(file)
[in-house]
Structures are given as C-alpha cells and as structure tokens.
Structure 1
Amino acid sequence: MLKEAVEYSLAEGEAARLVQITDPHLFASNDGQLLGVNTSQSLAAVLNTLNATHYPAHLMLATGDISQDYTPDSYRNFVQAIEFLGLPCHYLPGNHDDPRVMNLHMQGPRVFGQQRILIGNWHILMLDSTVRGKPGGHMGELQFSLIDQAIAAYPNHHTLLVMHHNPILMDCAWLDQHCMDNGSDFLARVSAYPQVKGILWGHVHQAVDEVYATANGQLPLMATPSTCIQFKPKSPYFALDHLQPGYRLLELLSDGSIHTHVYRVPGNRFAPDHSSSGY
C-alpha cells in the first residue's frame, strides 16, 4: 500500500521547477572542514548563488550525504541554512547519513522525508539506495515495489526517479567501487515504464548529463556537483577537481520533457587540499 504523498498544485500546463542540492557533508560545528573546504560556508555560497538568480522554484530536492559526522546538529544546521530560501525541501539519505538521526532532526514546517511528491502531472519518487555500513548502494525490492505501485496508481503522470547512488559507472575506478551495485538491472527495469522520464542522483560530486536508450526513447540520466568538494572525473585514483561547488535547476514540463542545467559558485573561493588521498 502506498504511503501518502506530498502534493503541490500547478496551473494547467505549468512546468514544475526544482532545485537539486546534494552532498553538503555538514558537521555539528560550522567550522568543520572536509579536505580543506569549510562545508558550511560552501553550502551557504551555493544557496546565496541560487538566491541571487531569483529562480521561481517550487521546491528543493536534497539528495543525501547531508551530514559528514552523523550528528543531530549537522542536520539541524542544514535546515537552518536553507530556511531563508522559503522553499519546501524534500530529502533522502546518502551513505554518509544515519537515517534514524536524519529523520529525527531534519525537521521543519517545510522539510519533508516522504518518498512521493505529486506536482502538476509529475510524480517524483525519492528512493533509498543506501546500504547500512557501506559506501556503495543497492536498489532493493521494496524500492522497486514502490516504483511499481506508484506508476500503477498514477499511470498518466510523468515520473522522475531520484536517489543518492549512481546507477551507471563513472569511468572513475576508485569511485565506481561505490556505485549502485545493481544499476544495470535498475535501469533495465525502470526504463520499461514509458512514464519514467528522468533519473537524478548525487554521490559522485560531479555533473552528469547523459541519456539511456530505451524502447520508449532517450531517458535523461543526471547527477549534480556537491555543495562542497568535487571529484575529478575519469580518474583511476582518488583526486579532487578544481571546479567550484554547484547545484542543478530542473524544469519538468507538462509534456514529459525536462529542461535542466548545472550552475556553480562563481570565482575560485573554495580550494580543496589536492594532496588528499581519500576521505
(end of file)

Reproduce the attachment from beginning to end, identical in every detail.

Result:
[in-house]
Structures are given as C-alpha cells and as structure tokens.
Structure 1
Amino acid sequence: MLKEAVEYSLAEGEAARLVQITDPHLFASNDGQLLGVNTSQSLAAVLNTLNATHYPAHLMLATGDISQDYTPDSYRNFVQAIEFLGLPCHYLPGNHDDPRVMNLHMQGPRVFGQQRILIGNWHILMLDSTVRGKPGGHMGELQFSLIDQAIAAYPNHHTLLVMHHNPILMDCAWLDQHCMDNGSDFLARVSAYPQVKGILWGHVHQAVDEVYATANGQLPLMATPSTCIQFKPKSPYFALDHLQPGYRLLELLSDGSIHTHVYRVPGNRFAPDHSSSGY
C-alpha cells in the first residue's frame, strides 16, 4: 500500500521547477572542514548563488550525504541554512547519513522525508539506495515495489526517479567501487515504464548529463556537483577537481520533457587540499 504523498498544485500546463542540492557533508560545528573546504560556508555560497538568480522554484530536492559526522546538529544546521530560501525541501539519505538521526532532526514546517511528491502531472519518487555500513548502494525490492505501485496508481503522470547512488559507472575506478551495485538491472527495469522520464542522483560530486536508450526513447540520466568538494572525473585514483561547488535547476514540463542545467559558485573561493588521498 502506498504511503501518502506530498502534493503541490500547478496551473494547467505549468512546468514544475526544482532545485537539486546534494552532498553538503555538514558537521555539528560550522567550522568543520572536509579536505580543506569549510562545508558550511560552501553550502551557504551555493544557496546565496541560487538566491541571487531569483529562480521561481517550487521546491528543493536534497539528495543525501547531508551530514559528514552523523550528528543531530549537522542536520539541524542544514535546515537552518536553507530556511531563508522559503522553499519546501524534500530529502533522502546518502551513505554518509544515519537515517534514524536524519529523520529525527531534519525537521521543519517545510522539510519533508516522504518518498512521493505529486506536482502538476509529475510524480517524483525519492528512493533509498543506501546500504547500512557501506559506501556503495543497492536498489532493493521494496524500492522497486514502490516504483511499481506508484506508476500503477498514477499511470498518466510523468515520473522522475531520484536517489543518492549512481546507477551507471563513472569511468572513475576508485569511485565506481561505490556505485549502485545493481544499476544495470535498475535501469533495465525502470526504463520499461514509458512514464519514467528522468533519473537524478548525487554521490559522485560531479555533473552528469547523459541519456539511456530505451524502447520508449532517450531517458535523461543526471547527477549534480556537491555543495562542497568535487571529484575529478575519469580518474583511476582518488583526486579532487578544481571546479567550484554547484547545484542543478530542473524544469519538468507538462509534456514529459525536462529542461535542466548545472550552475556553480562563481570565482575560485573554495580550494580543496589536492594532496588528499581519500576521505